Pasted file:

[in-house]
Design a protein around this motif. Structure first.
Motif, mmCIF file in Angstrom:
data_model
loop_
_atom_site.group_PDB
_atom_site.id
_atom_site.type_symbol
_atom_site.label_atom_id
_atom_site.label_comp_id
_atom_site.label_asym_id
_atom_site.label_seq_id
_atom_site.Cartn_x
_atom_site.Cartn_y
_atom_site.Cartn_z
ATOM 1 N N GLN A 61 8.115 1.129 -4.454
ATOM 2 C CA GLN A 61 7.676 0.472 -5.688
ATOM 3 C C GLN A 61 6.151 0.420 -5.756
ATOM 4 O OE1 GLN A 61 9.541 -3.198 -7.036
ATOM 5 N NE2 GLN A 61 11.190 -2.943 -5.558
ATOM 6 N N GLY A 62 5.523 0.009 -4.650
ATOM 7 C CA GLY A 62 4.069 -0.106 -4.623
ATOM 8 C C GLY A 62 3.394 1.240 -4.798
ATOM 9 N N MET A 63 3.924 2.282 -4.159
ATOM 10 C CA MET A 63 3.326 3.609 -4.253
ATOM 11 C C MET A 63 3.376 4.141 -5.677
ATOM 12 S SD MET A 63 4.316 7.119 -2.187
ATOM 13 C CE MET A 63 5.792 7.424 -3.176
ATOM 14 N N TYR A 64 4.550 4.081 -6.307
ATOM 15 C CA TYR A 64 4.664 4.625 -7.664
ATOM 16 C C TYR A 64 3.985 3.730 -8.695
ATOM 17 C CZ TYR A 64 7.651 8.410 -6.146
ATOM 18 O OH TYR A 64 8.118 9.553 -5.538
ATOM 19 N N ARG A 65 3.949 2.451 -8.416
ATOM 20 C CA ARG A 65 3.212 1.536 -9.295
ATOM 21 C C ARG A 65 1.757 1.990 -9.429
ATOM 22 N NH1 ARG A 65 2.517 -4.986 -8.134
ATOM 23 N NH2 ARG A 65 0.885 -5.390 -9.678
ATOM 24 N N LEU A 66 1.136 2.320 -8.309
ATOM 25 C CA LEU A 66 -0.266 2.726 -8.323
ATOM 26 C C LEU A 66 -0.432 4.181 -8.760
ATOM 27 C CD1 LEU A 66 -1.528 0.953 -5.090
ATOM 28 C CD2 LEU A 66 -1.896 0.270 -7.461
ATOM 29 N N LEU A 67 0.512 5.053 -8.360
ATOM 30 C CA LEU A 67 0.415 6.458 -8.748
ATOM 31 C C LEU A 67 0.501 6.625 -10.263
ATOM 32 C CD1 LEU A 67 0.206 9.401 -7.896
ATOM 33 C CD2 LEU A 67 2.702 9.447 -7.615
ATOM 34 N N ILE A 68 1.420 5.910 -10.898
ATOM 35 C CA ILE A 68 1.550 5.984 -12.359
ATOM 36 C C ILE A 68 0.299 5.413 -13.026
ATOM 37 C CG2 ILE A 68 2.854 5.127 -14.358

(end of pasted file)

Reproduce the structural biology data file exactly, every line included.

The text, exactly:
[in-house]
Design a protein around this motif. Structure first.
Motif, mmCIF file in Angstrom:
data_model
loop_
_atom_site.group_PDB
_atom_site.id
_atom_site.type_symbol
_atom_site.label_atom_id
_atom_site.label_comp_id
_atom_site.label_asym_id
_atom_site.label_seq_id
_atom_site.Cartn_x
_atom_site.Cartn_y
_atom_site.Cartn_z
ATOM 1 N N GLN A 61 8.115 1.129 -4.454
ATOM 2 C CA GLN A 61 7.676 0.472 -5.688
ATOM 3 C C GLN A 61 6.151 0.420 -5.756
ATOM 4 O OE1 GLN A 61 9.541 -3.198 -7.036
ATOM 5 N NE2 GLN A 61 11.190 -2.943 -5.558
ATOM 6 N N GLY A 62 5.523 0.009 -4.650
ATOM 7 C CA GLY A 62 4.069 -0.106 -4.623
ATOM 8 C C GLY A 62 3.394 1.240 -4.798
ATOM 9 N N MET A 63 3.924 2.282 -4.159
ATOM 10 C CA MET A 63 3.326 3.609 -4.253
ATOM 11 C C MET A 63 3.376 4.141 -5.677
ATOM 12 S SD MET A 63 4.316 7.119 -2.187
ATOM 13 C CE MET A 63 5.792 7.424 -3.176
ATOM 14 N N TYR A 64 4.550 4.081 -6.307
ATOM 15 C CA TYR A 64 4.664 4.625 -7.664
ATOM 16 C C TYR A 64 3.985 3.730 -8.695
ATOM 17 C CZ TYR A 64 7.651 8.410 -6.146
ATOM 18 O OH TYR A 64 8.118 9.553 -5.538
ATOM 19 N N ARG A 65 3.949 2.451 -8.416
ATOM 20 C CA ARG A 65 3.212 1.536 -9.295
ATOM 21 C C ARG A 65 1.757 1.990 -9.429
ATOM 22 N NH1 ARG A 65 2.517 -4.986 -8.134
ATOM 23 N NH2 ARG A 65 0.885 -5.390 -9.678
ATOM 24 N N LEU A 66 1.136 2.320 -8.309
ATOM 25 C CA LEU A 66 -0.266 2.726 -8.323
ATOM 26 C C LEU A 66 -0.432 4.181 -8.760
ATOM 27 C CD1 LEU A 66 -1.528 0.953 -5.090
ATOM 28 C CD2 LEU A 66 -1.896 0.270 -7.461
ATOM 29 N N LEU A 67 0.512 5.053 -8.360
ATOM 30 C CA LEU A 67 0.415 6.458 -8.748
ATOM 31 C C LEU A 67 0.501 6.625 -10.263
ATOM 32 C CD1 LEU A 67 0.206 9.401 -7.896
ATOM 33 C CD2 LEU A 67 2.702 9.447 -7.615
ATOM 34 N N ILE A 68 1.420 5.910 -10.898
ATOM 35 C CA ILE A 68 1.550 5.984 -12.359
ATOM 36 C C ILE A 68 0.299 5.413 -13.026
ATOM 37 C CG2 ILE A 68 2.854 5.127 -14.358